Wilson Yip and Donnie Yen are a golden duo for Hong Kong cinema. The turn of the millennium wasn't easy for Hong Kong action flicks and for a long time there wasn't much out there to strengthen the believe in a hopeful feature. But when SPL hit the screens things took a turn for the better and Yip and Yen turned into the hottest HK action duo almost overnight.
Ip Man marks a change of scenery for Yip and Yen. Rather than set up their film in modern day society they flip back in time a good hundred years or so. Yip Man is China's main representative of the Wing Chun style and a true hero of the people, standing up against the Japanese when they invade China. If you're somewhat familiar with HK cinema two titles will probably pop up into your mind immediately. And if you're wondering why the film isn't called Yip Man then, it is because Wong Kar-Wai is holding that title for his own bio-epic about the man.
The film plays like a mix between Fearless (Li's latest big martial arts epic) and Fist Of Legend (one of Li's most notorious films), which should give you a pretty good idea of what to expect. The storyline and fighting style is close to that of Fist Of Legend, the setting and focus on the hero is very similar to Fearless. Together they make for a compelling film while just a little lacking in the action department.
Donnie Yen is made to play a role like this, especially in the beginning of the film when he remains untouchable. His Wing Chun style is strong, fast, controlled and to the point. He likes to toy with his opponents but never gives the impression of not being in control of the fight. There are some cool moves to showcase too but it is simply not as impressive as other styles. Yen might hit harder and faster but the choreography feels less like ballet. In the end, it all comes down to personal taste of course.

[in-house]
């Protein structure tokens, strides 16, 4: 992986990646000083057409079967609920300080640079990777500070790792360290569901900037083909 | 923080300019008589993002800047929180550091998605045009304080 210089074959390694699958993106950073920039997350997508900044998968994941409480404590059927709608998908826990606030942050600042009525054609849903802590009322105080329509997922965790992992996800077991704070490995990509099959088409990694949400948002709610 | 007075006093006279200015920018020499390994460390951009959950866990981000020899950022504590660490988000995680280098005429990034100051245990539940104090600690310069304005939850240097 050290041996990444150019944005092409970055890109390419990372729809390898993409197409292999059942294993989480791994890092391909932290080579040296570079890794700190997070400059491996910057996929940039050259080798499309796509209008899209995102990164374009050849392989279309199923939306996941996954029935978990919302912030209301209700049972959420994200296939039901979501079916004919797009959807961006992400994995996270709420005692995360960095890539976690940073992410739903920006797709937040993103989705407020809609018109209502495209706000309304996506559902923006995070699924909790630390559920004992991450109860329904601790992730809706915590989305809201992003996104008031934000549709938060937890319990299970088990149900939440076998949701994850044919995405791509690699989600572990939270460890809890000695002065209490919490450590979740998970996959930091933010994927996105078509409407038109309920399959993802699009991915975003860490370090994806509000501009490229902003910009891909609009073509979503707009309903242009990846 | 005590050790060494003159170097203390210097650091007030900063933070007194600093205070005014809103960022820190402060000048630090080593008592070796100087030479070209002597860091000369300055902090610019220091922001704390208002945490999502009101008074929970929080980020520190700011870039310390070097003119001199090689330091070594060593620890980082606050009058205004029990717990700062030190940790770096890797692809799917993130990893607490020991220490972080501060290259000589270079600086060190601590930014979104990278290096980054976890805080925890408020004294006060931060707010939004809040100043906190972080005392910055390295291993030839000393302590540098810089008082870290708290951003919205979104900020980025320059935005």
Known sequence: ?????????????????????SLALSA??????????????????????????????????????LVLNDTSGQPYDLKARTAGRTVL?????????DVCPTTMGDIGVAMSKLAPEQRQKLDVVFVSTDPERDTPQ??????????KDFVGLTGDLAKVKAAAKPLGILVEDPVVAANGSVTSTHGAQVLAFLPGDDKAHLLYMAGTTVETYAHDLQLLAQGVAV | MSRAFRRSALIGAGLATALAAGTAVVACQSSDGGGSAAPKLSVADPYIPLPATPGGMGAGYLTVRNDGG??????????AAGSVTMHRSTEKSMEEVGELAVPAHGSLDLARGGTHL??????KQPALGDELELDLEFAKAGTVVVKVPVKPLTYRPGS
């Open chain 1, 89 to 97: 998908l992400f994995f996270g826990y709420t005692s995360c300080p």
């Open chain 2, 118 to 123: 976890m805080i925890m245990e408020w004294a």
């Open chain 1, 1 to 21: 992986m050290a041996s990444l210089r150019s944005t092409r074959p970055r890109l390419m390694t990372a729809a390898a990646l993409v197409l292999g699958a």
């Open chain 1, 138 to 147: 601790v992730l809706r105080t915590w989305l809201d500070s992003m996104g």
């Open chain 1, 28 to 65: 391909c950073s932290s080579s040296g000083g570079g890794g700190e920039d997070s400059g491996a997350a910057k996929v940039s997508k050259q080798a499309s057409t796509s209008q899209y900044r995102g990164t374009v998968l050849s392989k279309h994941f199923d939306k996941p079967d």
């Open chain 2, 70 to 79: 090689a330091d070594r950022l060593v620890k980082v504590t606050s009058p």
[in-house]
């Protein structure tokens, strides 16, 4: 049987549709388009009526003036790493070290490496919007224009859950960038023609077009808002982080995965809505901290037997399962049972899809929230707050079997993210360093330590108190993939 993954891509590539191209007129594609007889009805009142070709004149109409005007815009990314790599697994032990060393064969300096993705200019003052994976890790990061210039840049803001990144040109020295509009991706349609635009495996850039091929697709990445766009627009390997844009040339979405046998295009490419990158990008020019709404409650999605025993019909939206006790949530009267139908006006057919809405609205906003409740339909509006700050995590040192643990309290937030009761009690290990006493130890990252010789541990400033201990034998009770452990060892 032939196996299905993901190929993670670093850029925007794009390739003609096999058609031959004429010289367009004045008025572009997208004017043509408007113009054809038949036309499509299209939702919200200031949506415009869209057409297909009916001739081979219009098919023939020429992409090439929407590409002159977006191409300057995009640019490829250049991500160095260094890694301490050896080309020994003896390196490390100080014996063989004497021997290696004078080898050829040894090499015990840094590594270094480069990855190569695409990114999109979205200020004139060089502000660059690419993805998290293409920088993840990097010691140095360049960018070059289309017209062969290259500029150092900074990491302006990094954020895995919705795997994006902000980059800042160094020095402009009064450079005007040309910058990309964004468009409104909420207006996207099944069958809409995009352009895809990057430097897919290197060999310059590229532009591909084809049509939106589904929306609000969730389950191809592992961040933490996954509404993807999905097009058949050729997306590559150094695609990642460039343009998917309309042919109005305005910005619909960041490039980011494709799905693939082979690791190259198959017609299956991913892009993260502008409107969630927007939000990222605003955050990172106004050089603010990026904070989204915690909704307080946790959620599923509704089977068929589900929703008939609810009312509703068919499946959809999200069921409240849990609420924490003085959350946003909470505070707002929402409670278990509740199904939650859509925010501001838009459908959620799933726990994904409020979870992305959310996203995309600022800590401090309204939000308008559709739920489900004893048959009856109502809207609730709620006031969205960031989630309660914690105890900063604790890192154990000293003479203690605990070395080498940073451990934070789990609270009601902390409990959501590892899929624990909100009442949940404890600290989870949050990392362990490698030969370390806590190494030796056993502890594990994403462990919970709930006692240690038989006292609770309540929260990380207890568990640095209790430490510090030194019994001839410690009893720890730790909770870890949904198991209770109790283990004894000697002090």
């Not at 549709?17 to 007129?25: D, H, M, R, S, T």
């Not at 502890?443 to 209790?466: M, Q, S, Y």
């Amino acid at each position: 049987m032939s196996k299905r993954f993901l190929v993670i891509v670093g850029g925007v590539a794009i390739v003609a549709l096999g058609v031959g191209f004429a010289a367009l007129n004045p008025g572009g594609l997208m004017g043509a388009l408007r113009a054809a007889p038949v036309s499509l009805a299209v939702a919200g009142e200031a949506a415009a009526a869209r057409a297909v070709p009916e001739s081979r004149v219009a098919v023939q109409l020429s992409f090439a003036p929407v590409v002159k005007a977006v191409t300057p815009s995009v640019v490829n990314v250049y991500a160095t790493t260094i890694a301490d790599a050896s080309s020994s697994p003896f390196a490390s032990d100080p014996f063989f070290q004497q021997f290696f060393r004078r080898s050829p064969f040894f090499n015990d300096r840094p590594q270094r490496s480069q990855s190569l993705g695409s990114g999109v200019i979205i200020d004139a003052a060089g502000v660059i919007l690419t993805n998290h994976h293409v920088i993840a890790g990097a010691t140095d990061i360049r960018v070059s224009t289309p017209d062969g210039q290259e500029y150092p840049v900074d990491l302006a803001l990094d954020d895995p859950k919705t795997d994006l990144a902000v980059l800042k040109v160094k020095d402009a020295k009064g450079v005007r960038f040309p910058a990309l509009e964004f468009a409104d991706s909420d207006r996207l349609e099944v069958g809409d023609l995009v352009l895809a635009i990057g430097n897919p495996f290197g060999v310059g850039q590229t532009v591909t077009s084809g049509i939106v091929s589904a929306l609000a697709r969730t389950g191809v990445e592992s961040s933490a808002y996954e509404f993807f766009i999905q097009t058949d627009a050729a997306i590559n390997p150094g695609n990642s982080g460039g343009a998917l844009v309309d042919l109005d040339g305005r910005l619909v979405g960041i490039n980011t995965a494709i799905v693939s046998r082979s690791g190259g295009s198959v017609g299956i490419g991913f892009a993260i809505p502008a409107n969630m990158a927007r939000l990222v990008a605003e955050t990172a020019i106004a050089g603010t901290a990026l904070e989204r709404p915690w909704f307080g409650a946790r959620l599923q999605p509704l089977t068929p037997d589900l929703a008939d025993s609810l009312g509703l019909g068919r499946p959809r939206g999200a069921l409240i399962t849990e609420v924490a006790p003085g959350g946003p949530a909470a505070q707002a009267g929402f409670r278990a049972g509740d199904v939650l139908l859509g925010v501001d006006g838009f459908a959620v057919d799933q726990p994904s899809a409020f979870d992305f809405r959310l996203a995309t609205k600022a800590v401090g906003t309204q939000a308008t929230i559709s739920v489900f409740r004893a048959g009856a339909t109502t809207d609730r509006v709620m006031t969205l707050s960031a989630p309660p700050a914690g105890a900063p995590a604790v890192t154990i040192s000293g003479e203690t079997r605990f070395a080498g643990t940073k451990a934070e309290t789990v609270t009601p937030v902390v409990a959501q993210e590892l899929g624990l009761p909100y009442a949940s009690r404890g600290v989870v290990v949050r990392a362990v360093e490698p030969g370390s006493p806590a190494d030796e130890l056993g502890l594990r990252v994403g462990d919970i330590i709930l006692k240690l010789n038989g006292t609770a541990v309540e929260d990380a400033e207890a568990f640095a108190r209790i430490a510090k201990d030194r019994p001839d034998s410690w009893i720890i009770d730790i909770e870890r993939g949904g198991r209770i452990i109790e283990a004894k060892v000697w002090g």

The film looks very detailed and a lot of attention was paid to the props and setting. It looks pretty expensive and probably was, on the other hand, it feels less energetic than Yip's previous films. Not that the film calls for an in-your-face approach, but it would've been nice to get some more landmark shots in there and even though the action is well translated to the big screen, it could've used a little more oomph.
There's also some humor to be found in the film and for a change it is pretty subtle for HK standards. There's a little scene with Ip Man's kid coming in on a tricycle to pass a message from his wife that caught me quite off guard. It's little extra touches like these that liven up the film a bit. The proceedings of the film are pretty typical beyond that and those who are expecting some exciting twists and turns should probably lower their expectations. Ip Man is a typical martial arts hero type film.
The acting is all around strong for a film like this. Yen knows how to make a role like this work and a special mention goes out to Simon Yam who seems to be getting better and better at picking out his films. Add to that a solid final battle and as an action fanatic you can't really go wrong with a film like Ip Man.
It is not as exciting and grand as similar films, but Ip Man turned out to be an extremely solid entry in the ever growing list of Yip and Yen collaborations. If you liked Fearless, you will probably like this one too. Which one you like best is probably dependent on what martial arts styles you prefer.